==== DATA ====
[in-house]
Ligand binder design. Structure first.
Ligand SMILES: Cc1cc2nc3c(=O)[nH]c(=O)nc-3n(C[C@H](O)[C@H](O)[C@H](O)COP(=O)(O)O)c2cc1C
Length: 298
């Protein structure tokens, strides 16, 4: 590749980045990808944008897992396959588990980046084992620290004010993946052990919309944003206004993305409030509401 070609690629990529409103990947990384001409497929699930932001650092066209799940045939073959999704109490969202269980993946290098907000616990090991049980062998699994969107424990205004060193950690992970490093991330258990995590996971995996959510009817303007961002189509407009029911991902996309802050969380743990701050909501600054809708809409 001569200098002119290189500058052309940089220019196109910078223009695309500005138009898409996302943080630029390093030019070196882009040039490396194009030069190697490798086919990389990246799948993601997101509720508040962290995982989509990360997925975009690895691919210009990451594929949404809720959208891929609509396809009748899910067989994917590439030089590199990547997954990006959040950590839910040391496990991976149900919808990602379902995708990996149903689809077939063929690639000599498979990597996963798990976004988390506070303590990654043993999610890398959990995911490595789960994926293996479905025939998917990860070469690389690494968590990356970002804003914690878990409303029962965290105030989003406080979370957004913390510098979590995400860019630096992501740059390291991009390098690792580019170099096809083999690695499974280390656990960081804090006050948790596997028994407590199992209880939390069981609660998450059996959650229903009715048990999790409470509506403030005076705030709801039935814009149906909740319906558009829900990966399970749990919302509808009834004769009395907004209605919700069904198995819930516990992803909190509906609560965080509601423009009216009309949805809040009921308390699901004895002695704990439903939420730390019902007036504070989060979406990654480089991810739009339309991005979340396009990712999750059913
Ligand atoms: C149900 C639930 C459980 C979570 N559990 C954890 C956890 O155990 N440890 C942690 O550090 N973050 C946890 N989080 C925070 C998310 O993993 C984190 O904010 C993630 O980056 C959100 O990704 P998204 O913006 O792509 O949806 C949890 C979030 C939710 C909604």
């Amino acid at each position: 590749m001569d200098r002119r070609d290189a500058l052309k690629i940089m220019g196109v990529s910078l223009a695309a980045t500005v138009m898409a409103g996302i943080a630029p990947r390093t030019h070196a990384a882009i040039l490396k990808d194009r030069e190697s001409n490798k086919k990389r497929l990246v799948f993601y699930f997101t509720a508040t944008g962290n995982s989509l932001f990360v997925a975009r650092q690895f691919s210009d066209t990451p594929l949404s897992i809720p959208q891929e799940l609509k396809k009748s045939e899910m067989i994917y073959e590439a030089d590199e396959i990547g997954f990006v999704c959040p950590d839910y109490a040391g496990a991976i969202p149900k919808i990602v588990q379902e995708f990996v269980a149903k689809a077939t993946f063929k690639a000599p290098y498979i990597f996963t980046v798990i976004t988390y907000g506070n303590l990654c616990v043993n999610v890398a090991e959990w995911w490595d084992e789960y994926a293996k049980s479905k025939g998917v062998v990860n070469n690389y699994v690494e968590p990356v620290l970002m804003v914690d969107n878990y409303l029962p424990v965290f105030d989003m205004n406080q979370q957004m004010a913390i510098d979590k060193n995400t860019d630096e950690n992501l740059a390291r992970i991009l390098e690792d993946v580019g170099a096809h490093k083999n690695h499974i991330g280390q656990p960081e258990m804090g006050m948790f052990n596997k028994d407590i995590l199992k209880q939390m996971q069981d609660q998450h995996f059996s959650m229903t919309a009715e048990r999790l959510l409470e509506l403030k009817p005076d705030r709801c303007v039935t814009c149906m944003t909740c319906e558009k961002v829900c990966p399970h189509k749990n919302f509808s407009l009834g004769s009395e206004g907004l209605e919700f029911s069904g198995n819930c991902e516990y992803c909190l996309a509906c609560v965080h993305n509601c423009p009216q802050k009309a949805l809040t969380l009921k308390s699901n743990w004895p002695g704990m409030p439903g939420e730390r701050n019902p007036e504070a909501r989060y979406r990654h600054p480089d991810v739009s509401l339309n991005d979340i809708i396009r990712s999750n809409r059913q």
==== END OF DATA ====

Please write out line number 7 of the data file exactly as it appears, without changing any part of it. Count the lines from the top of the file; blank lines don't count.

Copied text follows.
């Amino acid at each position: 590749m001569d200098r002119r070609d290189a500058l052309k690629i940089m220019g196109v990529s910078l223009a695309a980045t500005v138009m898409a409103g996302i943080a630029p990947r390093t030019h070196a990384a882009i040039l490396k990808d194009r030069e190697s001409n490798k086919k990389r497929l990246v799948f993601y699930f997101t509720a508040t944008g962290n995982s989509l932001f990360v997925a975009r650092q690895f691919s210009d066209t990451p594929l949404s897992i809720p959208q891929e799940l609509k396809k009748s045939e899910m067989i994917y073959e590439a030089d590199e396959i990547g997954f990006v999704c959040p950590d839910y109490a040391g496990a991976i969202p149900k919808i990602v588990q379902e995708f990996v269980a149903k689809a077939t993946f063929k690639a000599p290098y498979i990597f996963t980046v798990i976004t988390y907000g506070n303590l990654c616990v043993n999610v890398a090991e959990w995911w490595d084992e789960y994926a293996k049980s479905k025939g998917v062998v990860n070469n690389y699994v690494e968590p990356v620290l970002m804003v914690d969107n878990y409303l029962p424990v965290f105030d989003m205004n406080q979370q957004m004010a913390i510098d979590k060193n995400t860019d630096e950690n992501l740059a390291r992970i991009l390098e690792d993946v580019g170099a096809h490093k083999n690695h499974i991330g280390q656990p960081e258990m804090g006050m948790f052990n596997k028994d407590i995590l199992k209880q939390m996971q069981d609660q998450h995996f059996s959650m229903t919309a009715e048990r999790l959510l409470e509506l403030k009817p005076d705030r709801c303007v039935t814009c149906m944003t909740c319906e558009k961002v829900c990966p399970h189509k749990n919302f509808s407009l009834g004769s009395e206004g907004l209605e919700f029911s069904g198995n819930c991902e516990y992803c909190l996309a509906c609560v965080h993305n509601c423009p009216q802050k009309a949805l809040t969380l009921k308390s699901n743990w004895p002695g704990m409030p439903g939420e730390r701050n019902p007036e504070a909501r989060y979406r990654h600054p480089d991810v739009s509401l339309n991005d979340i809708i396009r990712s999750n809409r059913q």